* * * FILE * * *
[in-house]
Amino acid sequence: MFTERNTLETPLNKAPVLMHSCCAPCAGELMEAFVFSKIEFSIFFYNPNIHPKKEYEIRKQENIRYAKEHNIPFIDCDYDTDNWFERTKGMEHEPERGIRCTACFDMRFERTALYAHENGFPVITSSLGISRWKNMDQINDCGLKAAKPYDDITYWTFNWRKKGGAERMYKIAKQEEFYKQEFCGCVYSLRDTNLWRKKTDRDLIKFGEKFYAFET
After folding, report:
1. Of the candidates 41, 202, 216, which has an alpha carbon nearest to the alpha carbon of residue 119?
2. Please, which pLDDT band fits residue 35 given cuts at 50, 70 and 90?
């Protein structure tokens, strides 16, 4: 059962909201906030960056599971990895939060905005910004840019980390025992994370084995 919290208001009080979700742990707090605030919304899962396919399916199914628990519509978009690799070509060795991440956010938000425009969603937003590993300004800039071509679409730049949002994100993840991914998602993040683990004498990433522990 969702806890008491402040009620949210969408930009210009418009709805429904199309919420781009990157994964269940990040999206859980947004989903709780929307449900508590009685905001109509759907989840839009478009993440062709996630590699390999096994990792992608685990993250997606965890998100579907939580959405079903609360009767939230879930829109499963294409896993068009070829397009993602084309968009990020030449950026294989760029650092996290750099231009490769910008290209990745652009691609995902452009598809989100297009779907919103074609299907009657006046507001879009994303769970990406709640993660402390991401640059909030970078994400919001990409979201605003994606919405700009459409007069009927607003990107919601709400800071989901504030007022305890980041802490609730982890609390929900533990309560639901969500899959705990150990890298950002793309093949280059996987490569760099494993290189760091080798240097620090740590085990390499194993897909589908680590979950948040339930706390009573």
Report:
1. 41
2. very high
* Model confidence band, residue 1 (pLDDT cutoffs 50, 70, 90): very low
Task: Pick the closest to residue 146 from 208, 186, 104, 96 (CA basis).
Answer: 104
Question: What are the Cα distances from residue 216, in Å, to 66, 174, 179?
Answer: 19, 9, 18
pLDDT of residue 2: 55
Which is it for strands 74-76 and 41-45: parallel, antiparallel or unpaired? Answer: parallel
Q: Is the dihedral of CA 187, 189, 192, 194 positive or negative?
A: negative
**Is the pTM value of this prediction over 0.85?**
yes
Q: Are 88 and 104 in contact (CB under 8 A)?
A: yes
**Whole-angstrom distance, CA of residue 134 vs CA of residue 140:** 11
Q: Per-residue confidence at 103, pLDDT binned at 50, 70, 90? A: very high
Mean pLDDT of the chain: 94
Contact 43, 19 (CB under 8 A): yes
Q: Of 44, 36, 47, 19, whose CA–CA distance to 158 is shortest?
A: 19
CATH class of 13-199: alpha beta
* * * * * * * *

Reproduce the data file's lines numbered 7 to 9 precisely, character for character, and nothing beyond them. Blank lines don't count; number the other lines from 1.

Report:
1. 41
2. very high